However, there is no need to rely on statistics and experiments to prove the benefits of reading fiction. By reading books myself, I have encountered myriad situations, personality types, and nuances of human nature that I would otherwise never come across. These fictional dealings I have may involve characters on a page, but they often apply to those off the page as well. Motivations of characters, in particular, help me understand the motivations behind actions of people in my life. In “Your Brain on Fiction,” Annie Murphy Paul says, “Fiction — with its redolent details, imaginative metaphors and attentive descriptions of people and their actions — offers an especially rich replica [of life]. Indeed, in one respect novels go beyond simulating reality to give readers an experience unavailable off the page: the opportunity to enter fully into other people’s thoughts and feelings.” The richness of fiction, its intricate details and finely crafted characters, mirrors that of reality. It creates an alternate universe in which we can stumble and learn things before we must deal with them in our world.
Authors are aware of fiction’s power over a reader’s empathy and moral development, and they have been for years. Charles Dickens is a prime example of an author whose works are full of characters who inspire empathy and are easily associated with social groups from that time period. In “The paradox of fiction and the ethics of empathy: reconceiving Dickens’s realism” by Mary-Catharine Harrison, it reads, “If readers cried for fictional suffering, Dickens and many of his contemporaries believed, then they would try to ameliorate the actual suffering they encountered around them.” However, this is also the mindset of modern authors, such as Jonathan Franzen and David Foster Wallace. According to Garth Risk Hallberg in his article, “Why Write Novels at All?”, “The idea that ‘the deepest purpose of reading and writing fiction is to sustain a sense of connectedness, to resist existential loneliness’ crops up all over the writing of the Conversazioni group: in [Jonathan Franzen]’s nonfiction, and in [David Foster Wallace]’s, and in [Zadie Smith]’s beautiful encomium to Wallace in her book of essays, ‘Changing my Mind.’ It also helps to explain these writers’ broad turn away from various postmodern formalisms and toward the problems of the human heart.”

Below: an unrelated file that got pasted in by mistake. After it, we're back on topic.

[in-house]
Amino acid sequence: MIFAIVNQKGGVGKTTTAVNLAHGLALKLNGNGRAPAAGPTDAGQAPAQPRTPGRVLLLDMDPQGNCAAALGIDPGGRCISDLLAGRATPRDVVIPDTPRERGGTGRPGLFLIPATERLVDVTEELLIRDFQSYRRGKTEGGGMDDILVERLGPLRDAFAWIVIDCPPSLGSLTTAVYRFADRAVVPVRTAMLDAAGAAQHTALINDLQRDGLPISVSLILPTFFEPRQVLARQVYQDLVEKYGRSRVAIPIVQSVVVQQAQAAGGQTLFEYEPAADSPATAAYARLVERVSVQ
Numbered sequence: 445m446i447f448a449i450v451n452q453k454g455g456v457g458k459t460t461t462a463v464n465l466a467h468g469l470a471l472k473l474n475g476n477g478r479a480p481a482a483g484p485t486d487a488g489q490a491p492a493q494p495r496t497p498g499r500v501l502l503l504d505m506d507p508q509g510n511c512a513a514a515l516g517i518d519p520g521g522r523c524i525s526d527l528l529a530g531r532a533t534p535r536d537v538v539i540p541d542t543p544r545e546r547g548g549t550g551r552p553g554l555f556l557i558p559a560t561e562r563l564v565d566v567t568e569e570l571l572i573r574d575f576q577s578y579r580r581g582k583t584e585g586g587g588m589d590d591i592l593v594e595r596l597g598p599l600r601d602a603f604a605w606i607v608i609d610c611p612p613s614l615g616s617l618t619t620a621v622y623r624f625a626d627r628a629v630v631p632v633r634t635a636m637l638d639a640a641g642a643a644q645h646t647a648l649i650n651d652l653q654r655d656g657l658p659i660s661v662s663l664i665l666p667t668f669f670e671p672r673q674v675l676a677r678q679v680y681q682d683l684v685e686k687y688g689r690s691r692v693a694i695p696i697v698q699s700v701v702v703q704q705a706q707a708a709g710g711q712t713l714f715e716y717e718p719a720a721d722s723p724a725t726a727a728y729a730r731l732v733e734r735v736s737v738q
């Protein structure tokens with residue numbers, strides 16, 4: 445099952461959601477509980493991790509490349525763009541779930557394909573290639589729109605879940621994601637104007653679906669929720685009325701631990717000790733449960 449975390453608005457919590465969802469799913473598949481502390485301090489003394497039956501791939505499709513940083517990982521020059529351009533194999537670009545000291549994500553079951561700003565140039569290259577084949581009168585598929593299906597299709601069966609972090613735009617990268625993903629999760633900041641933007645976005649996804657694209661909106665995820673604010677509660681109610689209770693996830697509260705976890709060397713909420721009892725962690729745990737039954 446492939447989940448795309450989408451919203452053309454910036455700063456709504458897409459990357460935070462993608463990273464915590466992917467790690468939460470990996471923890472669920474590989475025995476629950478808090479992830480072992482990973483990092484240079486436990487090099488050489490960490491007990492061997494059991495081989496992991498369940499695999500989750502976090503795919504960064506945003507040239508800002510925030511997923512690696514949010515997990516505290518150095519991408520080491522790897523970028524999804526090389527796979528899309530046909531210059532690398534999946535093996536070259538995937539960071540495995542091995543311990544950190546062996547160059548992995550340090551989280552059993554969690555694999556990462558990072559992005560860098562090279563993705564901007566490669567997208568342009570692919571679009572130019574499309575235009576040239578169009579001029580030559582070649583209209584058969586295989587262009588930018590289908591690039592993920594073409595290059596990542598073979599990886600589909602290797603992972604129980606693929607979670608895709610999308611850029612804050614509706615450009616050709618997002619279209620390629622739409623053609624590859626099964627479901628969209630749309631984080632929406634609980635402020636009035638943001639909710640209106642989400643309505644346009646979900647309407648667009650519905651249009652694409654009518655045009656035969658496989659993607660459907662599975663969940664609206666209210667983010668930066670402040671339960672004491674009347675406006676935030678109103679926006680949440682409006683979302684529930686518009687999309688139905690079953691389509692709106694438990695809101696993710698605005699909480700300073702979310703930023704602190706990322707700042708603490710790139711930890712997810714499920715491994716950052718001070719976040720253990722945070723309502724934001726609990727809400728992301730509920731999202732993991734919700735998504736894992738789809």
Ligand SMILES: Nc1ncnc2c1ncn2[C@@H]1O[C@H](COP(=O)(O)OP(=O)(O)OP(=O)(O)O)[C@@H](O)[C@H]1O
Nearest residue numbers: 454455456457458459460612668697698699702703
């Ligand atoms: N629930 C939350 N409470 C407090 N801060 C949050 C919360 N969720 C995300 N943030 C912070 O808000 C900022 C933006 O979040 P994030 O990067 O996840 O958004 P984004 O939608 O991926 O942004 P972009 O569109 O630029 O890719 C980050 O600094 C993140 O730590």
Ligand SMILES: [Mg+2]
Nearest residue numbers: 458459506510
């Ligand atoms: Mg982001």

Authors, therefore, can use fiction and characterization to induce in readers understanding and appreciation for social groups that might relate to the story. For instance, one’s pity for the poor orphan Oliver Twist might alter their behavior toward foster children and children from broken homes. Fiction holds the power to open our eyes to new ideas and eliminate old prejudices without our knowing it, while we foolishly believe we are just enjoying a good story.